Spotify Is Integrating Apps Directly into Their Desktop Service

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Spotify may have killed the App Finder, but they’re finding ways to integrate apps directly into their service.

Musixmatch lyrics will be directly integrated into Spotify’s new desktop app. A lyrics button will be available next to the play bar at the bottom of the window.

Musixmatch’s Explore button lists lyrics for Spotify’s most popular songs.

Spotify is also working with popular apps like BBC Playlister and Digster to further integrate new features.


Nina Ulloa covers breaking news, tech, and more: @nine_u

8 Responses

  1. jw

    I wonder if Spotify realizes how unreliable MusiXmatch’s lyrics can be.

    I still think this should be a premium service, but not until the publishers get the content together.

  2. Remi Swierczek

    They should crawl right thru the screen to freeloader’s rear end!
    It will definitely create environment for gigantic IPO!

  3. yas

    Indeed, licensing bigger stuff while “crowdsourcing” lyrics from smaller acts and labels. is that legal / does spotify want to be involved with this?

  4. Casey

    Well I’ll expect this sometime next year then. Seriously it takes endless months for these gradual rollouts.

    • jw

      Just google Spotify Beta. There’s always a link to download the latest build on their Help forums.

  5. Kevin Harlowe

    Not a fan of Spotify and refuse to use them even at the free tier. So can someone share with us how they are posting the lyrics? Is it in time with music – karaoke style or just one big page. If Karaoke style, such that the lyrics scroll in time with the music, then Spotify, as the publisher of the content, should (must) be required to get a synch license from the rights holders. Synch licenses also typically pay 50% rather than whatever the labels trickle down from the per stream fee. If the synch is required and they do not have such a license, then Spotify is liable for copyright infringement (not the first time for Mr. Ek).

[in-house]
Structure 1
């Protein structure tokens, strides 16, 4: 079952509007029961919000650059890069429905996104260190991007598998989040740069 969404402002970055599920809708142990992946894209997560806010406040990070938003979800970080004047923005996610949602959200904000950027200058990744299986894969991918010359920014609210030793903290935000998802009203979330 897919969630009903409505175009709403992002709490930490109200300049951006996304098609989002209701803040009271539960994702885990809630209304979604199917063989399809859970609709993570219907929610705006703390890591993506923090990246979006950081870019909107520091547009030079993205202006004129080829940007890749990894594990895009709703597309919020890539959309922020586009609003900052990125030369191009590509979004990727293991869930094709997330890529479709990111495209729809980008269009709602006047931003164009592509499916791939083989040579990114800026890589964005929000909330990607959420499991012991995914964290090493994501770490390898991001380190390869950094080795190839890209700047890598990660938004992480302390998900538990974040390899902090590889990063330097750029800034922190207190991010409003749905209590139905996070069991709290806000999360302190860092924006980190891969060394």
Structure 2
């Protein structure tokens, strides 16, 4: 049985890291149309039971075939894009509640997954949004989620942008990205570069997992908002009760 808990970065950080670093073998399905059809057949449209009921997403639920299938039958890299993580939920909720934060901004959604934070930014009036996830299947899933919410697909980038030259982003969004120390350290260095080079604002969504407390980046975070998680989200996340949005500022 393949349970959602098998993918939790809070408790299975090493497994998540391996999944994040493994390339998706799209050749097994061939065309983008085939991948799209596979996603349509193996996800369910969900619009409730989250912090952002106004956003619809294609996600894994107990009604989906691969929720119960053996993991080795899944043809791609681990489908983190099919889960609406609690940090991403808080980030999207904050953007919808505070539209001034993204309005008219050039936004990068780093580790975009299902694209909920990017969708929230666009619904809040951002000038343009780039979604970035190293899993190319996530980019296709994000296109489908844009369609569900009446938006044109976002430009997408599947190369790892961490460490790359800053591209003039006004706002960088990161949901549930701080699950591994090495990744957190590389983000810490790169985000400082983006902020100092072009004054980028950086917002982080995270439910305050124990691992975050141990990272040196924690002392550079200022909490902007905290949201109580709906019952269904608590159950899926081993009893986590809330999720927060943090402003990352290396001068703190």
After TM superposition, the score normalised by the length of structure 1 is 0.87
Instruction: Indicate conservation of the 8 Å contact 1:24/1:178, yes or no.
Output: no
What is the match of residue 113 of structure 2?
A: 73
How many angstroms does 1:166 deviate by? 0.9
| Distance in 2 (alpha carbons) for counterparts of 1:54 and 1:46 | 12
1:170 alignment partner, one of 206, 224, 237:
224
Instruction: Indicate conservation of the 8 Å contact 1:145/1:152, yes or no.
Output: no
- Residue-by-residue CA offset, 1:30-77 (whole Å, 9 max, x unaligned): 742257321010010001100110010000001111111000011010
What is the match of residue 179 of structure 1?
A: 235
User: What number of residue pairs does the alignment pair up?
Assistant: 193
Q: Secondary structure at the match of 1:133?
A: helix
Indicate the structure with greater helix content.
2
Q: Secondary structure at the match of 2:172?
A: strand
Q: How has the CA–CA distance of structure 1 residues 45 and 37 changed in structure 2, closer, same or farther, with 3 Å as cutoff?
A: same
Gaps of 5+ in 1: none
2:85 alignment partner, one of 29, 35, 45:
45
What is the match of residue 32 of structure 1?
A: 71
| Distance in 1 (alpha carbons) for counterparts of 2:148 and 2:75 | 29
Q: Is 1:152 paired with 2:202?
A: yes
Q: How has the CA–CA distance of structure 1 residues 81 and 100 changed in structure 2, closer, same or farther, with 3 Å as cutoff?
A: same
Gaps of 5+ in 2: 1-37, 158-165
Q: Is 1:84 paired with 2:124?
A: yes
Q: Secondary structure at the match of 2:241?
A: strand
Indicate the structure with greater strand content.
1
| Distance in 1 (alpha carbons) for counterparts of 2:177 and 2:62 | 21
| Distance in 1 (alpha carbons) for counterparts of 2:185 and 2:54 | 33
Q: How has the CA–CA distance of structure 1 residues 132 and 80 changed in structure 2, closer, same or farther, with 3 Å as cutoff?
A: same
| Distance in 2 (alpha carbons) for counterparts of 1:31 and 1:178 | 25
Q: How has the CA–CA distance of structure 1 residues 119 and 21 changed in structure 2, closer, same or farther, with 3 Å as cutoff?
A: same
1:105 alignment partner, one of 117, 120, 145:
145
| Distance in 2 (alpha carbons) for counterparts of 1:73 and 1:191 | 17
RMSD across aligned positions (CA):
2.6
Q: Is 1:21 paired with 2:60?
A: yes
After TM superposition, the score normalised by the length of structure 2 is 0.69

Nina – please update.

    • Joe V

      Contemporaneous display of lyrics” is a sync use. ABKCO Music, Inc. v. Stellar Records, Inc. 96 F.3d 60, 65 USLW 2212, 1996 Copr.L.Dec. P 27,569, 40 U.S.P.Q.2d 1052

      A synchronization license is required if a copyrighted musical composition is to be used in “timed-relation” or synchronization with an audiovisual work. 4 Melville B. Nimmer & David Nimmer, Nimmer on Copyright § 24.02[f] (1995)

      Most commonly, synch licenses are necessary when copyrighted music is included in movies and commercials. See 4 Nimmer § 24.04[C][1]. The “synch” right is a right exclusively enjoyed by the copyright owner. Buffalo Broadcasting Co., Inc. v. ASCAP, 744 F.2d 917, 920 (2d Cir.1984), cert. denied, 469 U.S. 1211, 105 S.Ct. 1181, 84 L.Ed.2d 329 (1985).

      The Copyright Act does not explicitly confer synchronization rights, but courts have held that the synch right is derived from the exclusive right of a copyright owner, under 17 U.S.C. § 106(1), to reproduce his work. Agee v. Paramount Communications, Inc., 853 F.Supp. 778, 786 (S.D.N.Y.1994), aff’d in part, rev’d in part, 59 F.3d 317 (2d Cir.1995); Angel Music, Inc. v. ABC Sports, Inc., 631 F.Supp. 429, 433 n. 4 (S.D.N.Y.1986).

      “Audiovisual works” are defined as works that consist of a series of related images which are intrinsically intended to be shown by the use of machines or devices such as projectors, viewers, or electronic equipment, together with accompanying sounds, if any, regardless of the nature of the material objects, such as films or tapes, in which the works are embodied. 17 U.S.C. § 101